Accountant found Homo naledi while caving

2015-09-10 14:23
Irene Kruger, the fiancée of Steven Tucker, who is one of the first people to lay eyes on Homo naledi. Kruger is also one of the few people to have made it down inside the chamber where the fossils were discovered. (Ahmed Areff, News24)

Irene Kruger, the fiancée of Steven Tucker, who is one of the first people to lay eyes on Homo naledi. Kruger is also one of the few people to have made it down inside the chamber where the fossils were discovered. (Ahmed Areff, News24)

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WATCH: Professor Lee Berger introduces Homo naledi

2015-09-10 12:56

The discovery of a new species of a human ancestor was announced at the Cradle of Humankind on Thursday. WATCH

Johannesburg - A chartered accountant who was exploring the Rising Star cave for fun stumbled onto the Homo naledi bones by accident, his fiancée told News24 on Thursday.

He and his friend had the sense to take photographs, and then decided to head to paleoanthropologist Professor Lee Berger's house to show him the pictures.

"I am a chartered accountant, and my fiancée Steven [Tucker] is also a chartered accountant. But he works with Wits now," Irene Kruger, a member of the Rising Star expedition, told News24.

"He is the first person who laid eyes on the fossils. It was him and Rick [Stevens]. This was in September 2013.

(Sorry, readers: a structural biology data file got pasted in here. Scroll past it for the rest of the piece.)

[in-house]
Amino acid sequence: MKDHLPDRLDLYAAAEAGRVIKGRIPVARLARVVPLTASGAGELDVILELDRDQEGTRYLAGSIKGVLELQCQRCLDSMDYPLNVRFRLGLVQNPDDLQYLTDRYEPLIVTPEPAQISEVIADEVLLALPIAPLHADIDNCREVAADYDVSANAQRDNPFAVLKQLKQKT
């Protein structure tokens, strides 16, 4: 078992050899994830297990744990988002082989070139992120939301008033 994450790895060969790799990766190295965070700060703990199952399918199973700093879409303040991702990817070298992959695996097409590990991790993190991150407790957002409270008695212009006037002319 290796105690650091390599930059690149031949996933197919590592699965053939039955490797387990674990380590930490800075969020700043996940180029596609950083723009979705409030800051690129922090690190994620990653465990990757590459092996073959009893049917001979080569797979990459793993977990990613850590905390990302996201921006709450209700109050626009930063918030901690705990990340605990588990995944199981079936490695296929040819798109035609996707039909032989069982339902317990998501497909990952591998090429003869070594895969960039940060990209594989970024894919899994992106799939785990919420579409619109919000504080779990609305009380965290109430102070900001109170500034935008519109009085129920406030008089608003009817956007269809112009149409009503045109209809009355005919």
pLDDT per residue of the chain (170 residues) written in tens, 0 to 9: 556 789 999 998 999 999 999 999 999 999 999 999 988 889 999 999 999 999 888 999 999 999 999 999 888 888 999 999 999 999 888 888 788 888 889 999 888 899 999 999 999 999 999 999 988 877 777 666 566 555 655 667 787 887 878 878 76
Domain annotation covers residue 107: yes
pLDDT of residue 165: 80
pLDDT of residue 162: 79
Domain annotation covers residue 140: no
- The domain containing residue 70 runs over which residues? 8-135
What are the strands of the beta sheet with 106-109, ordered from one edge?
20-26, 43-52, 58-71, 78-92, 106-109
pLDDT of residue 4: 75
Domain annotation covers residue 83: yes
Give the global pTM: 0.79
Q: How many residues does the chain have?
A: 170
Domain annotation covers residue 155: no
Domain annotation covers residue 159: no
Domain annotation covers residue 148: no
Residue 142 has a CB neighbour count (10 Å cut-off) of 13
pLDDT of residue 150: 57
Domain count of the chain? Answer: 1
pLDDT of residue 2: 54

"The point wasn't to discover fossils, they just went to do caving, and they found this chute."

She said the pair took photos and went to see Berger.

"At first he [Berger] was like, 'Oh my word what are they doing at my house'. And then when they showed him the pictures he said: 'I think I'm going to get you guys a beer'."

'If you freak out you are going to get stuck'

Kruger is one of the few people, aside from the six-woman team chosen by Berger, to actually make it down the 12-metre long, 18-centimetre wide hole into the chamber where the fossils of Homo naledi were found.

"I was part of the expedition and I did have the opportunity to go down into the chamber once," she said.

"That [chute] is one of those spaces that you go down and you need to breathe and remain calm. If you freak out you are going to get stuck."

To get down the chute you had to go feet first, and feel your way down.

"There's no real technique, it's more of a 'let's feel where we can go'. When you look down in the chute, you can clearly sort of see a pathway of where to go."

Kruger said the discovery was amazing.

"We have been waiting for it [the announcement of the discovery] for two years now. Finally we can talk about it. "

The discovery was announced at the Cradle of Humankind on Thursday morning.

Read more on:    lee berger  |  johannesburg  |  homo naledi  |  palaeontology

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